Enhancing Global Safety: The Vital Role of Early Warning Systems in Disaster Preparedness and Response

The increasing gap in adaptation measures poses a significant challenge as envisioned losses and casualties widen attributed to the low adoption of early warning systems (EWS). Vulnerable communities face difficulties responding to unprecedented crises in diverse regions due to inefficient early warning systems. Addressing this issue requires not only increased financing for effective responses but also anticipatory actions to enable early preparation, safeguarding lives and livelihoods from the impacts of earthquakes, floods, and droughts.

The IGAD Regional Roadmap for Anticipatory Action (IRRAA) proposes an improved approach to preparing for and addressing such crises. This involves collaboration and the implementation of early warning systems at both regional and national levels. The vision is to establish a Coherent Regional Anticipatory Action Approach, harmonized and integrated within National Policies and Strategies. This approach aims to promote disaster anticipation, fostering climate-resilient communities across the IGAD region.

The IRRAA is particularly relevant given the escalating frequency and severity of both climate-related and non-climate-induced disasters. The dynamic nature of these events underscores the need for increased funding to ensure global accessibility to early warning systems, thereby saving lives and reducing the economic burden associated with response efforts.

Quoting the adage that prevention is better than cure, the IRRAA focuses on strengthening Early Warning Systems (EWS) and decision support tools for Anticipatory Action (AA). It also emphasizes the advocacy and integration of AA principles and approaches into national and regional policies and strategies. Additionally, the initiative provides a strategy for resource mobilization and partnerships while strengthening IGAD’s coordination role in supporting the co-development and implementation of anticipatory action at regional and national levels.

Early warning systems
Early warning systems illustration, source: online

Advancements in early warning systems and preparedness have proven to be instrumental in saving lives and mitigating financial losses. IGAD’s prioritization of EWS is crucial for enhancing the safety of citizens in Eastern African states. According to Mr. Kenneth Mwangi, a Project Manager at the IGAD Climate Prediction and Applications Center (ICPAC), the emphasis on early warning preparation could have significantly reduced the response cost from $800 million to a mere $2 million in the case of pest invasion.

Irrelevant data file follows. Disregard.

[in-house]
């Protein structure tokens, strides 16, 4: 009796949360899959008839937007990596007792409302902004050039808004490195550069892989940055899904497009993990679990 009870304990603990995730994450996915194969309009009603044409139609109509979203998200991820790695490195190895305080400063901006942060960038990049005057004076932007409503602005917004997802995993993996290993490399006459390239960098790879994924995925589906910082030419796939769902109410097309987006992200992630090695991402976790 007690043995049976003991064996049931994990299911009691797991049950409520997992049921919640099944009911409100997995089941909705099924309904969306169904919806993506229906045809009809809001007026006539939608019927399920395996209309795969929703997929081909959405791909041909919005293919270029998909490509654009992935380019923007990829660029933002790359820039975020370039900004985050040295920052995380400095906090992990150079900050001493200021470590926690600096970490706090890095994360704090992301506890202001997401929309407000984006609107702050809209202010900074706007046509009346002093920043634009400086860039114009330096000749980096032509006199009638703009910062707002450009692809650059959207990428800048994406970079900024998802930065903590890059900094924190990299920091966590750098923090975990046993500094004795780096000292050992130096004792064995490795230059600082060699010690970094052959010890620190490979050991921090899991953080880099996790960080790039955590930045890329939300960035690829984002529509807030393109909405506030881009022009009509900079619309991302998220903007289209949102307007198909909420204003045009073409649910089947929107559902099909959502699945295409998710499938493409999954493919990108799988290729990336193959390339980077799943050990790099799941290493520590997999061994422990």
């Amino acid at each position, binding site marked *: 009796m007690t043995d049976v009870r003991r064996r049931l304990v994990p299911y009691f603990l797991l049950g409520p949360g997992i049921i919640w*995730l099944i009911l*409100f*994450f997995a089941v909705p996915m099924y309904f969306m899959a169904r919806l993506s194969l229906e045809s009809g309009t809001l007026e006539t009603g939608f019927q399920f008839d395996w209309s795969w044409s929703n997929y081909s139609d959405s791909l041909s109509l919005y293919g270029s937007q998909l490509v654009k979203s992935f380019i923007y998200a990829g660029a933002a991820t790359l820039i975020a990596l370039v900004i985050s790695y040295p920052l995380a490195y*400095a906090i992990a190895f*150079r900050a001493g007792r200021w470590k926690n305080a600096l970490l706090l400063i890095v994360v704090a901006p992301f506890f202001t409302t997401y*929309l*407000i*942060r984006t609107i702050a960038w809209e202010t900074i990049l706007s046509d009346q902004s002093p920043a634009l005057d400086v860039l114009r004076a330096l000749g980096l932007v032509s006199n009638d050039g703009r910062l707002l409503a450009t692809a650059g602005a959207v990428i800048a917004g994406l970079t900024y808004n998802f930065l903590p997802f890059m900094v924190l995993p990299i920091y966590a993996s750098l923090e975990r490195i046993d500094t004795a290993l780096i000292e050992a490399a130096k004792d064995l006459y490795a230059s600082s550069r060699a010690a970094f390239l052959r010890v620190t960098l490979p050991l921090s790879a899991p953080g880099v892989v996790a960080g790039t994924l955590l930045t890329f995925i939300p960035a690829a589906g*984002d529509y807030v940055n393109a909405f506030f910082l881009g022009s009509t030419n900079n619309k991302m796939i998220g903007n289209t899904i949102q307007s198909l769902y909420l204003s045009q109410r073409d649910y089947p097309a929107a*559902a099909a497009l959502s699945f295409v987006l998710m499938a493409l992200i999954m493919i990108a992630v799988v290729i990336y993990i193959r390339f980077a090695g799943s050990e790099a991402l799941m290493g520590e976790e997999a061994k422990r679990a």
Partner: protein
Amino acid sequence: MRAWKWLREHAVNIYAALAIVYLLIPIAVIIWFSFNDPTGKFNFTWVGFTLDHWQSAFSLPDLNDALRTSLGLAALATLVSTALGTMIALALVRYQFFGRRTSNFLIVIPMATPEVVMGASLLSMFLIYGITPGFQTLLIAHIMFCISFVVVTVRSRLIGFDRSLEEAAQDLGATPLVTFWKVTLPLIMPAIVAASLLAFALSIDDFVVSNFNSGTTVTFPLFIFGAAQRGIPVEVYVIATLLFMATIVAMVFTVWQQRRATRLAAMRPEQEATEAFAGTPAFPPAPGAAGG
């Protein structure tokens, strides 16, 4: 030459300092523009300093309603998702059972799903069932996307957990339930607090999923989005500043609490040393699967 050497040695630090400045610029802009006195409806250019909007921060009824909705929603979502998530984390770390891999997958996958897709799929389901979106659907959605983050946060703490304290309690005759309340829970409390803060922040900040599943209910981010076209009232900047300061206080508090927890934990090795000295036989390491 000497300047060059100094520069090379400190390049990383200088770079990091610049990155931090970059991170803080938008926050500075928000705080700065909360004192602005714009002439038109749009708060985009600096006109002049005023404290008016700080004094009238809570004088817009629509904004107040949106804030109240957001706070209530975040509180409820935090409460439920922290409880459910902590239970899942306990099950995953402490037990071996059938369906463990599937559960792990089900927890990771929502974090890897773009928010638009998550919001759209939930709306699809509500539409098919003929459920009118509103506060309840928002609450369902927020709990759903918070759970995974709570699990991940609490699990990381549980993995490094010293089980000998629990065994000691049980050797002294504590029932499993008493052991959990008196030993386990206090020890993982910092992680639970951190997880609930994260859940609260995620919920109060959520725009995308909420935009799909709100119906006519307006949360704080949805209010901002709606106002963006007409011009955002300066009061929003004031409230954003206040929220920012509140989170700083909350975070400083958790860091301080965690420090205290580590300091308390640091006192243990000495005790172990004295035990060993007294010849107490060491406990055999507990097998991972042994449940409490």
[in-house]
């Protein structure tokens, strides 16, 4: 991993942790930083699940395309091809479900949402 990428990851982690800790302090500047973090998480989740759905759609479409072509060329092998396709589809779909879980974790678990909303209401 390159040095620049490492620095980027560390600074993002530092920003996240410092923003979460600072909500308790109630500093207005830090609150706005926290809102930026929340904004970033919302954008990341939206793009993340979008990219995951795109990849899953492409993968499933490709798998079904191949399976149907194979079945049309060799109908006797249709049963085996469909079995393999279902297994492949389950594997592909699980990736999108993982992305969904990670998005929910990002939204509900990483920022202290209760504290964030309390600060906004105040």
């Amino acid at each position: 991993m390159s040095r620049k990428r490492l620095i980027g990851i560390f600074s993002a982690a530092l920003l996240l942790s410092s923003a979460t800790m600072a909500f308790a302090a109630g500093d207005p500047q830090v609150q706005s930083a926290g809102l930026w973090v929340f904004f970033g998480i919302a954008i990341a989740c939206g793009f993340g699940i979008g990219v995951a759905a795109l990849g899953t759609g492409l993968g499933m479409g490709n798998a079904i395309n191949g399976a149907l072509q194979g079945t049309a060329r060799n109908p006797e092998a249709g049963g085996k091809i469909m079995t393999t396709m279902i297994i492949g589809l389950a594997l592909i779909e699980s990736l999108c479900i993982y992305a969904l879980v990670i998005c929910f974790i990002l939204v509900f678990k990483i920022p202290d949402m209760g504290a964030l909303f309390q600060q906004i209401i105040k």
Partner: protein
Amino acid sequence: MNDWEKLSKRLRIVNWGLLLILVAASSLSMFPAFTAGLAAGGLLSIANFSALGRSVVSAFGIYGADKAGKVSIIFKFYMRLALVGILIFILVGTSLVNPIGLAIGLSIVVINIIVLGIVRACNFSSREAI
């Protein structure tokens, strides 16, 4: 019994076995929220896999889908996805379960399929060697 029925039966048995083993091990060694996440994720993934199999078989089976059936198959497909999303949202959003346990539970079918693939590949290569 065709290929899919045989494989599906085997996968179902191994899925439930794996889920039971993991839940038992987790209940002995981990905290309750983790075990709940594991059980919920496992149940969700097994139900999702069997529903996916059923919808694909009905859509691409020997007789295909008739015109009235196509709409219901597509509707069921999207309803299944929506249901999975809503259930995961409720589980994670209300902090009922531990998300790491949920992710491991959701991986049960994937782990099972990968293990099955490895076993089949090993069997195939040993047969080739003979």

The significance of early warning systems and early action lies in their ability to minimize harm to people, assets, and livelihoods by triggering well-prepared and tested responses. However, as of 2022, only half of the countries globally were covered by multi-hazard early warning systems. Developing countries, particularly Least Developed Countries and Small Island Developing States, lag, with less than half having such systems in place.

In response to this gap, the UN Secretary-General launched the Early Warnings for All initiative, aiming to protect every person on Earth with early warning systems by 2027. Recognizing early warning and early action as proven and cost-effective methods for reducing disaster deaths and losses, the UN Secretary-General unveiled an Executive Action Plan at COP27 in November 2022. The World Meteorological Organization (WMO) and the United Nations Office for Disaster Risk Reduction (UNDRR) were designated as co-leads to implement this initiative.

UN Secretary-General Antonio Guterres emphasized, “All people on earth must be protected by early warning systems within five years.”

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